ANNOYING PERSECUTIONS OF CREDITORS--SUMMER ON LONG
ISLAND--THE BLACK WHALE PAYS THE BOARD BILL--THE WHEELER & WILSON COMPANY REMOVE TO
EAST BRIDGEPORT--SETTING SAIL FOR ENGLAND.
In the summer of 1855 Barnum had sold the American Museum to
Messrs. John Greenwood, Jr., and Henry D. Butler. They paid nearly twice as much for the
collection as it had originally cost, giving notes for nearly the entire amount, securing
the notes by a chattel mortgage, and hiring the premises from Mrs. Barnum, who owned the
Museum property lease, and on which, by agreement of the lessees, she realized something
like $19,000 a year. The chattel mortgage was, of course, turned over to the New York
assignees with the other property.
Barnum's widespread reputation for shrewdness was, in his
present difficulties, destined to be the cause of considerable annoyance to him. Certain
outside creditors who had bought clock notes at a tremendous discount, believing that
Barnum's means were still ample, made up their minds that they must be paid at once
without waiting for the sale of the property by assignees.
They, therefore, took what is known as "supplementary
proceedings," by which is meant an examination before a judge, compelling the debtor
to disclose, under oath, everything in regard to his property, his present means of
living, and so on.
"Putting Barnum through a course of sprouts," as
they expressed it, came to be a very frequent occurrence. One creditor after another
hauled him up, and the attorneys would ask the same questions which had already been
answered a dozen times.
This persistent and unnecessary annoyance created a great
deal of sympathy for the man, the papers took his part, and even the judges before whom he
appeared, personally sided with him, although they were obliged to administer the law.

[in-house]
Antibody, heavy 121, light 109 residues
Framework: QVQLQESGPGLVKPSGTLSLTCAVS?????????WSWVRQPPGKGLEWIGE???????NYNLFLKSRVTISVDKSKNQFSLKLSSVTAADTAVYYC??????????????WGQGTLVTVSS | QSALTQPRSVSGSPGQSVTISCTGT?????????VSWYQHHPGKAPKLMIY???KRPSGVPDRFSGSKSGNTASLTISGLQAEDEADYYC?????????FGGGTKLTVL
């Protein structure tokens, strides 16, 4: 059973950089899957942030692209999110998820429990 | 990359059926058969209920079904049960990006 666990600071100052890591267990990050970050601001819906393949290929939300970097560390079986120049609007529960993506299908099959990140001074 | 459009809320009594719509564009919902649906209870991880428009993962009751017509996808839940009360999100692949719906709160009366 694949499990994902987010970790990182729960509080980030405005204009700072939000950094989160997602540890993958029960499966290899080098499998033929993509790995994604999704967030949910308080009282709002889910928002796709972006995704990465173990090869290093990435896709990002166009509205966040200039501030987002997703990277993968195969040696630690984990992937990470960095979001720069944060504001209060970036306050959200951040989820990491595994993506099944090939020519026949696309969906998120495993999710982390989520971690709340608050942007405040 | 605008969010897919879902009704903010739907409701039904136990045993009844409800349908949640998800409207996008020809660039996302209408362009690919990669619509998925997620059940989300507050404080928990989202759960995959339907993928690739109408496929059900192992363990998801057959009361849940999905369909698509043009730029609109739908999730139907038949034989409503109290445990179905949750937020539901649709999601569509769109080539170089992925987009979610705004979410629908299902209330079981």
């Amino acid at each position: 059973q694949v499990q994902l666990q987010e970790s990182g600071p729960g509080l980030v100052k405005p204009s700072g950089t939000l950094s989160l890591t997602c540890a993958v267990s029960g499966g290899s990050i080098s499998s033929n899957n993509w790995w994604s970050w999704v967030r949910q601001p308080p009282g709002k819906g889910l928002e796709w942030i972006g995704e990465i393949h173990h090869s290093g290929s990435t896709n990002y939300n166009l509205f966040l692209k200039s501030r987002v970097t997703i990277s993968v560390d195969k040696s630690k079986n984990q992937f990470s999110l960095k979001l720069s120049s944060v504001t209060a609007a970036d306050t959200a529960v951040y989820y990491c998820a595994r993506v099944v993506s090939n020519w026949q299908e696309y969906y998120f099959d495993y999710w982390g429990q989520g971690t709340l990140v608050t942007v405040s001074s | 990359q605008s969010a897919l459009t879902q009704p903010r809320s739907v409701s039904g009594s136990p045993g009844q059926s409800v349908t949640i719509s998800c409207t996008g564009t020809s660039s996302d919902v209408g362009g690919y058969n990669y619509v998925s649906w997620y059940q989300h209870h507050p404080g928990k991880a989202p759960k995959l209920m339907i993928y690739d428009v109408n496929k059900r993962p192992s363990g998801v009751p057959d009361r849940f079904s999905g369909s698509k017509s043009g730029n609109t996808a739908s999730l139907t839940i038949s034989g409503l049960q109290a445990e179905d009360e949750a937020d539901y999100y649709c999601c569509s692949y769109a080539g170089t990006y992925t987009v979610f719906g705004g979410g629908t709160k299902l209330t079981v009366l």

After a while, the judges ruled that he need not answer any questions propounded by an
attorney, if he had already answered the same question in any previous examination.
In fact, one of the judges lost all patience on one occasion,
and said sharply to the examining attorney:
"This, sir, has become simply a case of persecution. Mr.
Barnum has many times answered every question that can properly be put to him, to elicit
the desired information; and I think it is time to stop these examinations. I advise him
not to answer one interrogatory which he has replied to under any previous inquiries.
One consequential little lawyer commenced his examination in
behalf of a note-shaver, who held a thousand dollar note which he had bought for seven
hundred. After the oath had been administered, he arranged his pen, ink, and paper, and in
a loud tone of voice asked:
"What is your name, sir?"
The answer was given, and the next question delivered in a
louder, more peremptory tone was:
"What is your business?"
"Attending bar," answered Barnum.
"Attending bar!" exclaimed the lawyer;
"attending bar! Why, I thought you were a teetotaler."
"So I am," declared the witness.
"And yet, sir, you have the audacity to assert that you
peddle rum all day, and drink none yourself?"
"That is not a relevant question," said Barnum.
"I will appeal to his Honor the Judge if you don't
answer it instantly," said the lawyer, gleefully.
"Very well; I do attend bar, and yet never drink
"Where do you attend bar, and for whom?" pursued
"I attend the bar of this court nearly every day, for
the benefit of two-penny lawyers and their greedy clients," replied the disgusted